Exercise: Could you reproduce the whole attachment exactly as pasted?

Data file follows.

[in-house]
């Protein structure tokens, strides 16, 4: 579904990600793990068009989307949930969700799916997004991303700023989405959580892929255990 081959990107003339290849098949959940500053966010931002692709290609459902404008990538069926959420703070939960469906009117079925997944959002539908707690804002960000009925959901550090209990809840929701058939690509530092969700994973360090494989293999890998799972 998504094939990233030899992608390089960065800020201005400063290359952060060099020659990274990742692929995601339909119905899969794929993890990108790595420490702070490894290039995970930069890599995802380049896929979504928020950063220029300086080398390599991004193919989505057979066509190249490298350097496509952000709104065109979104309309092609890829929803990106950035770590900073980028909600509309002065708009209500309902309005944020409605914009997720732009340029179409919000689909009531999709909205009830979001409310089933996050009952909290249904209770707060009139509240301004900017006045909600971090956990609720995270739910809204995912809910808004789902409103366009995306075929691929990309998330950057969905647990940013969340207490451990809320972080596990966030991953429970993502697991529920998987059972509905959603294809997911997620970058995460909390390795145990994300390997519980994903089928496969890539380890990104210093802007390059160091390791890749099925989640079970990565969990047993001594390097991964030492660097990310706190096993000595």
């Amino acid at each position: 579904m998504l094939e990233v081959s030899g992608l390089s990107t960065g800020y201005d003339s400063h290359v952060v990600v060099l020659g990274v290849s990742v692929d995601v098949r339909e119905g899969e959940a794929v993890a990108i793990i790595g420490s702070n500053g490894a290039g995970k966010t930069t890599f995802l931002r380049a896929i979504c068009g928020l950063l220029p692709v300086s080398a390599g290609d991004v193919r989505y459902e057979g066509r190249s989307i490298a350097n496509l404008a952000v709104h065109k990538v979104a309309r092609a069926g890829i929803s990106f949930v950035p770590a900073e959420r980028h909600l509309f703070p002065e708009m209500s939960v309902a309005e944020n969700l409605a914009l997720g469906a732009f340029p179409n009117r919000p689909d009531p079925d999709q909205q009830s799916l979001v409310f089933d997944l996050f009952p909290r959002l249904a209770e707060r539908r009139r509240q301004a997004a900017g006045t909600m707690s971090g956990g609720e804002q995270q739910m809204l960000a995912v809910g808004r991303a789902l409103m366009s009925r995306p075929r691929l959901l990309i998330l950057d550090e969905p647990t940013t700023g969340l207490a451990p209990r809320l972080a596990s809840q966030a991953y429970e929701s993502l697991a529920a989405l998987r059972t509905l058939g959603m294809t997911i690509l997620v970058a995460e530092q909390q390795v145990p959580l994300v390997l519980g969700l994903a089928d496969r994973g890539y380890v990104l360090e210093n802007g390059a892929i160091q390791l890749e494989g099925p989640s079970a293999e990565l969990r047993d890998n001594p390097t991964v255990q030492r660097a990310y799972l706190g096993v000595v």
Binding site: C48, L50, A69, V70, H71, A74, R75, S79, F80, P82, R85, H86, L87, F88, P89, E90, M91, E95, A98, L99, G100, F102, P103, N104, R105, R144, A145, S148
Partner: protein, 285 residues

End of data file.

[in-house]
């Protein structure tokens, strides 16, 4: 579904990600793990068009989307949930969700799916997004991303700023989405959580892929255990 081959990107003339290849098949959940500053966010931002692709290609459902404008990538069926959420703070939960469906009117079925997944959002539908707690804002960000009925959901550090209990809840929701058939690509530092969700994973360090494989293999890998799972 998504094939990233030899992608390089960065800020201005400063290359952060060099020659990274990742692929995601339909119905899969794929993890990108790595420490702070490894290039995970930069890599995802380049896929979504928020950063220029300086080398390599991004193919989505057979066509190249490298350097496509952000709104065109979104309309092609890829929803990106950035770590900073980028909600509309002065708009209500309902309005944020409605914009997720732009340029179409919000689909009531999709909205009830979001409310089933996050009952909290249904209770707060009139509240301004900017006045909600971090956990609720995270739910809204995912809910808004789902409103366009995306075929691929990309998330950057969905647990940013969340207490451990809320972080596990966030991953429970993502697991529920998987059972509905959603294809997911997620970058995460909390390795145990994300390997519980994903089928496969890539380890990104210093802007390059160091390791890749099925989640079970990565969990047993001594390097991964030492660097990310706190096993000595």
């Amino acid at each position: 579904m998504l094939e990233v081959s030899g992608l390089s990107t960065g800020y201005d003339s400063h290359v952060v990600v060099l020659g990274v290849s990742v692929d995601v098949r339909e119905g899969e959940a794929v993890a990108i793990i790595g420490s702070n500053g490894a290039g995970k966010t930069t890599f995802l931002r380049a896929i979504c068009g928020l950063l220029p692709v300086s080398a390599g290609d991004v193919r989505y459902e057979g066509r190249s989307i490298a350097n496509l404008a952000v709104h065109k990538v979104a309309r092609a069926g890829i929803s990106f949930v950035p770590a900073e959420r980028h909600l509309f703070p002065e708009m209500s939960v309902a309005e944020n969700l409605a914009l997720g469906a732009f340029p179409n009117r919000p689909d009531p079925d999709q909205q009830s799916l979001v409310f089933d997944l996050f009952p909290r959002l249904a209770e707060r539908r009139r509240q301004a997004a900017g006045t909600m707690s971090g956990g609720e804002q995270q739910m809204l960000a995912v809910g808004r991303a789902l409103m366009s009925r995306p075929r691929l959901l990309i998330l950057d550090e969905p647990t940013t700023g969340l207490a451990p209990r809320l972080a596990s809840q966030a991953y429970e929701s993502l697991a529920a989405l998987r059972t509905l058939g959603m294809t997911i690509l997620v970058a995460e530092q909390q390795v145990p959580l994300v390997l519980g969700l994903a089928d496969r994973g890539y380890v990104l360090e210093n802007g390059a892929i160091q390791l890749e494989g099925p989640s079970a293999e990565l969990r047993d890998n001594p390097t991964v255990q030492r660097a990310y799972l706190g096993v000595v």
Binding site: C48, L50, A69, V70, H71, A74, R75, S79, F80, P82, R85, H86, L87, F88, P89, E90, M91, E95, A98, L99, G100, F102, P103, N104, R105, R144, A145, S148
Partner: protein, 285 residues